Fixed Assets - Definition and examples

Assets are items of value owned by a company. They are shown on its balance sheet. Most financial statements will break down asset holdings into fixed assets, non-current assets or current assets depending on their specific characteristics.



What are fixed assets?


Fixed assets are tangible assets that a business expects to own for more than a year. Non-current assets are intangible assets that a business also expects to own for more than a year. Current assets are those a business expects to own for at most a year.


Fixed assets examples


In business, fixed assets are often called “property, plant and equipment” (PP&E). That is because most fixed assets are items that have been bought to serve a business purpose. Typical examples of PP&E include land, buildings, vehicles, machinery, and IT equipment.


Such items are clearly significant purchases. Fixed assets generally are higher-value items. In simple terms, there is generally a strong link between the price of an item and how long it is expected to last. But it’s important to note that the definition of a fixed asset hinges on its expected lifespan rather than its price.


For example, say a jeweller bought an ergonomic mouse and a batch of diamonds. The mouse is clearly the lower-priced purchase, but the jeweller expects it to last at least two years. It is therefore a fixed asset. By contrast, the jeweller expects to use the diamonds in a commission they need to complete within a month. The diamonds, therefore, are current assets.


From a practical perspective lower valued fixed assets do not need to be tracked and can be treated as an expense in the profit and loss account. This is because they will not skew the numbers greatly and tracking assets is time consuming. We recommend expensing any asset purchase of less than £2,000, but it depends on the size and nature of the business. Please reach out to us if you want further guidance.



Depreciation of fixed assets


Most businesses buy assets because they need them for their operations, which means they only have value to the business for as long as they can be used. Businesses know how long this is likely to be when they buy them. They, therefore, reduce the book value of the fixed asset each year over its lifecycle. This is known as depreciation.


Depreciation has two advantages to businesses. First, it gives a relatively accurate reflection of the asset’s contribution to the business. Fixed assets tend to deliver the most value when they are new. As they age, they may begin to suffer from wear and tear. Even if they don’t, they are likely to be superseded by other options. Eventually, they need to be replaced.


Second, depreciation allows a business to account for the cost of an item over two or more years. This avoids fluctuations in its financial statements every time a new fixed asset is purchased and thus gives a more realistic view of the business’ overall performance.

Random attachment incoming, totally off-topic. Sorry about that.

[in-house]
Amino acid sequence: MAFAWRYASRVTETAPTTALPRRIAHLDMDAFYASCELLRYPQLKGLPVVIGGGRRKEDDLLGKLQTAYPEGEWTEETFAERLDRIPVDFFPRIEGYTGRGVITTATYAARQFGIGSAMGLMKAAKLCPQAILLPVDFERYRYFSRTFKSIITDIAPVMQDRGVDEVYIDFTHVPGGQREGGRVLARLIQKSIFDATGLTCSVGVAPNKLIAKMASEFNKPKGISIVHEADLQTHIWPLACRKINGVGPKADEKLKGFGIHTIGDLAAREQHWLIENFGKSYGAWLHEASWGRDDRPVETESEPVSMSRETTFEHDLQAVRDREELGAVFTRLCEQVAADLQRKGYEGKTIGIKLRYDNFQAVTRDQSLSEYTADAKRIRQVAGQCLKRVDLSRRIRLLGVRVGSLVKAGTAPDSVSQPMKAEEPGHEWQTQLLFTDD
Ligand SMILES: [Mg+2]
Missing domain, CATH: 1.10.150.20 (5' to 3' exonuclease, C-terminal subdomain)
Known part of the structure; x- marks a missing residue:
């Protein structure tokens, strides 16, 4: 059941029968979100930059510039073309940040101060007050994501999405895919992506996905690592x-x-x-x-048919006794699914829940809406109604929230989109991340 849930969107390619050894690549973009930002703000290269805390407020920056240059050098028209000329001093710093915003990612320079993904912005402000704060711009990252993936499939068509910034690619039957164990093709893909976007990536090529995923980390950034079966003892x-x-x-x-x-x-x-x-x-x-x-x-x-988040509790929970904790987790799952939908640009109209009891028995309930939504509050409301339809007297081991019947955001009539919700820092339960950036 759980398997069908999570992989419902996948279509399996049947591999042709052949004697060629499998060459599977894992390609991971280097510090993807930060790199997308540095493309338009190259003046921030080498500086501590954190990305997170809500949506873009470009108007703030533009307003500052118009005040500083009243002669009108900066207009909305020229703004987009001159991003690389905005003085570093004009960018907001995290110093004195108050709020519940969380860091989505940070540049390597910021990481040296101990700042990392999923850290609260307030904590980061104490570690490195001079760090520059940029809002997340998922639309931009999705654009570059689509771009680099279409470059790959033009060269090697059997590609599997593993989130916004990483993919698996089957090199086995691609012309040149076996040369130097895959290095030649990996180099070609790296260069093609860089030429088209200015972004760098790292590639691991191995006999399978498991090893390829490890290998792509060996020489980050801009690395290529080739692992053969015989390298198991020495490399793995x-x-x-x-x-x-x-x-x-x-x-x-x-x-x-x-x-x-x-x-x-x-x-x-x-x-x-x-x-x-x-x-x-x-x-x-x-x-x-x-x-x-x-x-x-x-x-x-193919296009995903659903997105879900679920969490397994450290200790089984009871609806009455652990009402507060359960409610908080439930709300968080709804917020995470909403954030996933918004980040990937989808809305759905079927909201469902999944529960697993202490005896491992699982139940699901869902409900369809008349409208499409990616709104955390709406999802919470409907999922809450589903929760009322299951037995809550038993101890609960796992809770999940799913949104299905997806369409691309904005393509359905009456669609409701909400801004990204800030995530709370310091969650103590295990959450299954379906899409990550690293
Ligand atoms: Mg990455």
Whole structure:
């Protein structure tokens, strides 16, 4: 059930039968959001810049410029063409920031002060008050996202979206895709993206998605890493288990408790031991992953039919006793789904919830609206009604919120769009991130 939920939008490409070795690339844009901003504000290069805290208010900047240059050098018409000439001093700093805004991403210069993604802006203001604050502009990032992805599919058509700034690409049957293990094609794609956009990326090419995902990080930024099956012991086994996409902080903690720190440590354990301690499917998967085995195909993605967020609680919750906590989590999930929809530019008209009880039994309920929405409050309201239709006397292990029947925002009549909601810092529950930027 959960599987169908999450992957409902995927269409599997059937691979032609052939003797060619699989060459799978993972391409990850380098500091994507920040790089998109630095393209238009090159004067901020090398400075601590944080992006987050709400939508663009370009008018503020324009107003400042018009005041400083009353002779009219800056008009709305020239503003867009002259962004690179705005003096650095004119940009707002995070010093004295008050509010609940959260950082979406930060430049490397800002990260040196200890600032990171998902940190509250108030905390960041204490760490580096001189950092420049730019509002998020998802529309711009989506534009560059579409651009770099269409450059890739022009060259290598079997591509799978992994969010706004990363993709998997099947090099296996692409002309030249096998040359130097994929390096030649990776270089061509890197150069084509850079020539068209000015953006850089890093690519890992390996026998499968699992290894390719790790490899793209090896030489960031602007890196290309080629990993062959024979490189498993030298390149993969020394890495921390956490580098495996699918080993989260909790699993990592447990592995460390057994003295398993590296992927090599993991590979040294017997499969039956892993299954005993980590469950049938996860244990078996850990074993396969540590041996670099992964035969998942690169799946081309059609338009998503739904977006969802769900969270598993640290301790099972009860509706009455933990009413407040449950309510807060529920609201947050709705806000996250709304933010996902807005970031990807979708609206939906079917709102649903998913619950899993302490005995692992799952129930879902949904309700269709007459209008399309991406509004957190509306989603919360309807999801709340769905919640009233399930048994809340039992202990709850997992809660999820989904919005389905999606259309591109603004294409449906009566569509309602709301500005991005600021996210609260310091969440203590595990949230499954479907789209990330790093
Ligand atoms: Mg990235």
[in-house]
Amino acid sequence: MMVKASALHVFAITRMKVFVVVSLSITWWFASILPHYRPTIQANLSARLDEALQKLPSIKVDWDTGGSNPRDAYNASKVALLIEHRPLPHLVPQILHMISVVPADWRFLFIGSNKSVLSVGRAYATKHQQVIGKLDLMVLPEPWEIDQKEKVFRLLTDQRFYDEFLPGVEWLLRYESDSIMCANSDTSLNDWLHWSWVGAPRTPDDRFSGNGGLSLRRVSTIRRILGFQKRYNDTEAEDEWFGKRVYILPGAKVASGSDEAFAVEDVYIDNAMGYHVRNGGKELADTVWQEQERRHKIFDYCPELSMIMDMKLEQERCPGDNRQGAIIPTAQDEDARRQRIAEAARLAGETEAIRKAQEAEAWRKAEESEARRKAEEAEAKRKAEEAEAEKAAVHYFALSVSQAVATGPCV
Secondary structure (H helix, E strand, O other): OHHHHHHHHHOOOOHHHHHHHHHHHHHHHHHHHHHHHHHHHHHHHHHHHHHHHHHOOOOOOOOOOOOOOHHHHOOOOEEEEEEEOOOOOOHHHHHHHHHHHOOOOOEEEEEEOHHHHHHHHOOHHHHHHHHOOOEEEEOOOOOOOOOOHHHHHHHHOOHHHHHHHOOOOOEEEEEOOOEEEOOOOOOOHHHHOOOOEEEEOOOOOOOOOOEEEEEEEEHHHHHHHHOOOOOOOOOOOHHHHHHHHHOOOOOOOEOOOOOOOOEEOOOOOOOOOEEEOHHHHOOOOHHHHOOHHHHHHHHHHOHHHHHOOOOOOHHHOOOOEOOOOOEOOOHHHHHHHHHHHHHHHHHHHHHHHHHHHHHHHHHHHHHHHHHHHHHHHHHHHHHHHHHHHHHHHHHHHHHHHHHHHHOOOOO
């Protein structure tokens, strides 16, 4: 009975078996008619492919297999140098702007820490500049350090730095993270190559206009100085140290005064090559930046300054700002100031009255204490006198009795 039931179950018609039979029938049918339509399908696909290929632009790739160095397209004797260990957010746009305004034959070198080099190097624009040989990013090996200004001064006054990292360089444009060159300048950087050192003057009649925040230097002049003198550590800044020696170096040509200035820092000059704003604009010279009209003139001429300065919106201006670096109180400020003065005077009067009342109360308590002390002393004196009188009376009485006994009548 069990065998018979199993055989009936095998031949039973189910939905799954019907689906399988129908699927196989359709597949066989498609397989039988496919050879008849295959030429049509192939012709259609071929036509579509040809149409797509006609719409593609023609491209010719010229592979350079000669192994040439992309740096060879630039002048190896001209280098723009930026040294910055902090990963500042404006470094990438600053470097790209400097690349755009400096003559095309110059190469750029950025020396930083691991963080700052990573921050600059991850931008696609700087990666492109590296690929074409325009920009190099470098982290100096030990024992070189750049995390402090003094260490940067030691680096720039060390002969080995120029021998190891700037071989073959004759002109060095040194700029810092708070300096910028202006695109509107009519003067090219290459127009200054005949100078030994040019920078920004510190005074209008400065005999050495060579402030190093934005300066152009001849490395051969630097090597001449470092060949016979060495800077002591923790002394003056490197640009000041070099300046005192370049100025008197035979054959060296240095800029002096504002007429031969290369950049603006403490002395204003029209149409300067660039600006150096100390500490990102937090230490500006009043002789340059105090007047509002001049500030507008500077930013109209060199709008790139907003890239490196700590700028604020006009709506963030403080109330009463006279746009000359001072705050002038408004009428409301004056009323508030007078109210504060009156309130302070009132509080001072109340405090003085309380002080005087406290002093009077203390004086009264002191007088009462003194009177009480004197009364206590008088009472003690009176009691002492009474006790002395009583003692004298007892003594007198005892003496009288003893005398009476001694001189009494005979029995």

A fixed asset has certain implications on a company’s financial statements. When a company purchases a fixed asset, they record the cost as an asset on the balance sheet instead of expensing it onto the income statement. Due to the nature of fixed assets being used in the company’s operations to generate revenue, the fixed asset is initially capitalized on the balance sheet and then gradually depreciated over its useful life. For example, a company that purchases a printer for £1,000 would record an asset on its balance sheet for £1,000. Over its useful life, the printer would gradually decapitalize itself from the balance sheet.


However, depreciation shows up on the income statement and reduces the company’s net income. For example, a company that purchases a printer for £1,000 with a lifecycle of 10 years would record a depreciation of £100 on its profit and loss statement annually.



Non-depreciable fixed assets


Some fixed assets cannot be depreciated. In the context of business, the most obvious example of a non-depreciable asset is land. This is expected to keep its intrinsic value. In fact, it may even increase in value. Buildings, by contrast, can be depreciated (providing they are owned rather than rented or leased).

Collectables such as art and antiques are likewise not eligible to be depreciated. They are also expected to retain their value or even increase in value. It is, however, fairly unusual for businesses to have these assets.


Annual investment allowance


The last thing to consider is how much you can claim through the annual investment allowance. The AIA is a kind of capital allowance, which offers tax relief at 100 per cent on qualifying expenditure in the year of purchase, so is intended to encourage greater investments. It is important to note that you cannot claim AIA on business cars, items you owned for another reason before you started using them in your business and items given to you or your business. Currently, the AIA amount is £1 million between 1st January 2019 and 31st March 2023.


This information is correct at time of writing, please refer to the government website for any updates. https://www.gov.uk/capital-allowances/annual-investment-allowance